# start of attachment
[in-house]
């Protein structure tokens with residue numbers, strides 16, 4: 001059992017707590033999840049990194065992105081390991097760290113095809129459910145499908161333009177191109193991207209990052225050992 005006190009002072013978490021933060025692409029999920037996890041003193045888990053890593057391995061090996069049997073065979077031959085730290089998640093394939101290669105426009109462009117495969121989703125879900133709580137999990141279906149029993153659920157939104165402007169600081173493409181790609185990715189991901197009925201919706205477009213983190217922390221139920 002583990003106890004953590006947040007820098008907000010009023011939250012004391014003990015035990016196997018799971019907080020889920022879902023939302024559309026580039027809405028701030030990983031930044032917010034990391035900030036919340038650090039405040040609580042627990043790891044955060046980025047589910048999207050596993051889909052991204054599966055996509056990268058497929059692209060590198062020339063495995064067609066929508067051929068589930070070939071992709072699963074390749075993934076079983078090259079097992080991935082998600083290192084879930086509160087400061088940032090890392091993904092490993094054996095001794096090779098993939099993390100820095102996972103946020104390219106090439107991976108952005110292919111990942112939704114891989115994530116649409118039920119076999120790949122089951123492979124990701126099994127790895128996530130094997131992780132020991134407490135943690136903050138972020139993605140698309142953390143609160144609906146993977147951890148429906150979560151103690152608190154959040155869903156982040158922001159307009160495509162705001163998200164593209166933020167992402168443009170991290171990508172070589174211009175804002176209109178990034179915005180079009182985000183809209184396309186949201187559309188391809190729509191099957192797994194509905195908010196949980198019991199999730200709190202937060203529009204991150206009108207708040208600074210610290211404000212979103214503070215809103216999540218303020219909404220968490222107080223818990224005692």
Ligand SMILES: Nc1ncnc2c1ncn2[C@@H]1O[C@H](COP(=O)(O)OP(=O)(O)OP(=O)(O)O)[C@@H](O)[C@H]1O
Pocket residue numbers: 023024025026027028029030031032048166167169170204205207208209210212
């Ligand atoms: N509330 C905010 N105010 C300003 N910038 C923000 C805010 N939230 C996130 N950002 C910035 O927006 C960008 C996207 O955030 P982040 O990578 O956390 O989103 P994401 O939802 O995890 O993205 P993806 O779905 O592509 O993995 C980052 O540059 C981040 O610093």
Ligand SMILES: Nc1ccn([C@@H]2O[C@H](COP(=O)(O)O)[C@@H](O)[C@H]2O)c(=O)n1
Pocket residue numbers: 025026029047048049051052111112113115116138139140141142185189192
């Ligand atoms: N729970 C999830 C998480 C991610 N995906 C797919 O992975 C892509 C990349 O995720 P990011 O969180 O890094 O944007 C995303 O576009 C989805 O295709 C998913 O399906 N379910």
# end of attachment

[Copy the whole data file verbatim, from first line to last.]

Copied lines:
[in-house]
């Protein structure tokens with residue numbers, strides 16, 4: 001059992017707590033999840049990194065992105081390991097760290113095809129459910145499908161333009177191109193991207209990052225050992 005006190009002072013978490021933060025692409029999920037996890041003193045888990053890593057391995061090996069049997073065979077031959085730290089998640093394939101290669105426009109462009117495969121989703125879900133709580137999990141279906149029993153659920157939104165402007169600081173493409181790609185990715189991901197009925201919706205477009213983190217922390221139920 002583990003106890004953590006947040007820098008907000010009023011939250012004391014003990015035990016196997018799971019907080020889920022879902023939302024559309026580039027809405028701030030990983031930044032917010034990391035900030036919340038650090039405040040609580042627990043790891044955060046980025047589910048999207050596993051889909052991204054599966055996509056990268058497929059692209060590198062020339063495995064067609066929508067051929068589930070070939071992709072699963074390749075993934076079983078090259079097992080991935082998600083290192084879930086509160087400061088940032090890392091993904092490993094054996095001794096090779098993939099993390100820095102996972103946020104390219106090439107991976108952005110292919111990942112939704114891989115994530116649409118039920119076999120790949122089951123492979124990701126099994127790895128996530130094997131992780132020991134407490135943690136903050138972020139993605140698309142953390143609160144609906146993977147951890148429906150979560151103690152608190154959040155869903156982040158922001159307009160495509162705001163998200164593209166933020167992402168443009170991290171990508172070589174211009175804002176209109178990034179915005180079009182985000183809209184396309186949201187559309188391809190729509191099957192797994194509905195908010196949980198019991199999730200709190202937060203529009204991150206009108207708040208600074210610290211404000212979103214503070215809103216999540218303020219909404220968490222107080223818990224005692």
Ligand SMILES: Nc1ncnc2c1ncn2[C@@H]1O[C@H](COP(=O)(O)OP(=O)(O)OP(=O)(O)O)[C@@H](O)[C@H]1O
Pocket residue numbers: 023024025026027028029030031032048166167169170204205207208209210212
């Ligand atoms: N509330 C905010 N105010 C300003 N910038 C923000 C805010 N939230 C996130 N950002 C910035 O927006 C960008 C996207 O955030 P982040 O990578 O956390 O989103 P994401 O939802 O995890 O993205 P993806 O779905 O592509 O993995 C980052 O540059 C981040 O610093």
Ligand SMILES: Nc1ccn([C@@H]2O[C@H](COP(=O)(O)O)[C@@H](O)[C@H]2O)c(=O)n1
Pocket residue numbers: 025026029047048049051052111112113115116138139140141142185189192
């Ligand atoms: N729970 C999830 C998480 C991610 N995906 C797919 O992975 C892509 C990349 O995720 P990011 O969180 O890094 O944007 C995303 O576009 C989805 O295709 C998913 O399906 N379910």